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PCB Industry Information

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Community > Groups > PCB Industry Information > PCBs with Impedance Control
PCBs with Impedance Control
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The importance of controlled impedance in a printed circuit board can depend on many variables, including the PCB’s unique characteristics and how the board will be used.
To understand the importance of precision when it comes to impedance requirements, let’s take a look at some of the specifics involved.
What Is Impedance?
Impedance is the sum of the resistance and reactance of an electrical circuit; it is measured in Ohms. Impedance is an alternating current characteristic in which signal frequency is an important element. The longer the trace or the higher the frequency, the more imperative it becomes to control the trace impedance.Signal frequency is a vital factor for traces which connect to components requiring two to three hundred MHz or more.
Many different trace configurations can be used in printed circuit boards to achieve controlled impedance. A PCB manufacturer can control the impedance through spacing and dimensions of the circuit board traces.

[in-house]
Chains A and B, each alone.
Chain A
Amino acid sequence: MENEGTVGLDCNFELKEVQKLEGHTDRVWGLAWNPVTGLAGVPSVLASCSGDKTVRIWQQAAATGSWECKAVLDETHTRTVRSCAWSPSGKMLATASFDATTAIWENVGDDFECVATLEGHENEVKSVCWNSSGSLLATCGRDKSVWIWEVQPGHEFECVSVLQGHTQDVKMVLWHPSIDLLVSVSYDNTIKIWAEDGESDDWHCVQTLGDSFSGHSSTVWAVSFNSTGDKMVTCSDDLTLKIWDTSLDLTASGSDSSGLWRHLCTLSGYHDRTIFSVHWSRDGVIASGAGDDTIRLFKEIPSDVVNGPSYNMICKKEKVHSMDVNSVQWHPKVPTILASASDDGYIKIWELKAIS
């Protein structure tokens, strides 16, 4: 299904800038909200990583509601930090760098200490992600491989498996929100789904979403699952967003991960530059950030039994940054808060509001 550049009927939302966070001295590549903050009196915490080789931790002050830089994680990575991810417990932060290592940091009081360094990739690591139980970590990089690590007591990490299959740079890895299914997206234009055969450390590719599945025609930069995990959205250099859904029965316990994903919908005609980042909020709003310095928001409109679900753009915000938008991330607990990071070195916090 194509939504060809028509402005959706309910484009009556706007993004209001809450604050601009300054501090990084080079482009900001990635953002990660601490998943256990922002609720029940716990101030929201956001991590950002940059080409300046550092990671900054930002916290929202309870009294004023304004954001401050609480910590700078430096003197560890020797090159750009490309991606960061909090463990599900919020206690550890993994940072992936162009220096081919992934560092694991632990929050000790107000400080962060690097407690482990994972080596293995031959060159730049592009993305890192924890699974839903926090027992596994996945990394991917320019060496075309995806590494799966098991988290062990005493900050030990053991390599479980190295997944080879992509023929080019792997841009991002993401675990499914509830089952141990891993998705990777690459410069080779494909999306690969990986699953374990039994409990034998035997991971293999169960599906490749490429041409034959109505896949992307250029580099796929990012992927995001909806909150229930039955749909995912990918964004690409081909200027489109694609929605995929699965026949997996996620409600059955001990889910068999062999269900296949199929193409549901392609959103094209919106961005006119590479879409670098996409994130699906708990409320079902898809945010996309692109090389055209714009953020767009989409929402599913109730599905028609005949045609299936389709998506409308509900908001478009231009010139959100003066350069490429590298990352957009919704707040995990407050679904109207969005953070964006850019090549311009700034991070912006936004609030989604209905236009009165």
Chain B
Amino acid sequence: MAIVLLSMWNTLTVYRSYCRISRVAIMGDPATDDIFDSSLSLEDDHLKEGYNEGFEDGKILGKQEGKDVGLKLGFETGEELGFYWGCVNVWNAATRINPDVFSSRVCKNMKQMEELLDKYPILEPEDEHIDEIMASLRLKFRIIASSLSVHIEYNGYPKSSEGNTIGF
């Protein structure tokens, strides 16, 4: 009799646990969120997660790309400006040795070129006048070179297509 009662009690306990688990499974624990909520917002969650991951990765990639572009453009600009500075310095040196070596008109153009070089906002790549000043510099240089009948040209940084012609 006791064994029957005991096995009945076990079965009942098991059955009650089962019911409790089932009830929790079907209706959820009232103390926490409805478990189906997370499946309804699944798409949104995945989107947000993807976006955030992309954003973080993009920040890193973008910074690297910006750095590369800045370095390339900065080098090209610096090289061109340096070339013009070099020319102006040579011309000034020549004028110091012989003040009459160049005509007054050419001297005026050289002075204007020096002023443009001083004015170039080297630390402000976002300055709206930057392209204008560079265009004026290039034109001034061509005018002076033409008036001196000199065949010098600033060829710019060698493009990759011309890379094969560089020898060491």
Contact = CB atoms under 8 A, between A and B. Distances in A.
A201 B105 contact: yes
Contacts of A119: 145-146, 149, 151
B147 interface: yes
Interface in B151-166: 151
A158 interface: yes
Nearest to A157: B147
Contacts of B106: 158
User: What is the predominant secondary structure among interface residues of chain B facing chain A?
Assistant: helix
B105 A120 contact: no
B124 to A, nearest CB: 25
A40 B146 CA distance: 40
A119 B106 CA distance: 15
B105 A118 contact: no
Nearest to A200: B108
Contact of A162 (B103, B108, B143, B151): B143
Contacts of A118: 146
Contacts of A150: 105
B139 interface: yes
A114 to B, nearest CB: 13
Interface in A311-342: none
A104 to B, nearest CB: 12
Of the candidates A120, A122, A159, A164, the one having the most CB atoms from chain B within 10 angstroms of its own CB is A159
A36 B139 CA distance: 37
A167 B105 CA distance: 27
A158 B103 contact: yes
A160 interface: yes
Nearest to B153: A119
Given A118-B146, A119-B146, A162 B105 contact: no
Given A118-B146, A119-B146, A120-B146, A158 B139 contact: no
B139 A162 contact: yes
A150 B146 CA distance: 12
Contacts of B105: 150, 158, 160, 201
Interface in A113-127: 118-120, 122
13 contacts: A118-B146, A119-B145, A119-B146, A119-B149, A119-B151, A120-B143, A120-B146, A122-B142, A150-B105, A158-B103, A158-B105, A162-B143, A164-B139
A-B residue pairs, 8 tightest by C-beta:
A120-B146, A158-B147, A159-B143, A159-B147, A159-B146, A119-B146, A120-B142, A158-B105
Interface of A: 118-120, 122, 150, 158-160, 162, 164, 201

Levels of Impedance Control
Typically, printed circuit boards are available with three levels of impedance control service.
1) Impedance Control – Most often used in high-end designs with a tight tolerance or unusual configuration. There are a number of different types of controlled impedance. The most common is referred to as characteristic impedance. Other types include wave impedance, image impedance, and input impedance.
First, the board is manufactured and then tested via a Time Domain Reflectometry (TDR) test to determine if impedance specifications are met; changes can be made if needed. It will be necessary to work closely with your circuit board supplier on impedance control specifications to achieve the best results. PCB Solutions has the expertise to ensure conformation to your impedance specifications.
2) Impedance Watching – This refers to compatibility in impedance. The impedance control trace will be indicated on the design. Width of the trace and height of the dielectric can be adjusted as needed. If necessary, a TDR test can be performed to check that impedance is correct. However, this does add some additional cost.
3) No Impedance Control – Because the impedance tolerances in the design are not tight, correct impedance can be achieved by conforming to standard specifications without impedance control. The printed circuit board manufacturer can provide accurate impedance without extra steps, which makes this the most cost-effective level.
Importance of Accuracy
Printed circuit boards with controlled impedance require a meticulous level of accuracy in order to function correctly. PCB designers specify trace impedance and tolerance required, and work with the PCB manufacturer to confirm that specifications are met.
Statement: This post is only the personal view of the author and does not represent the opinions of


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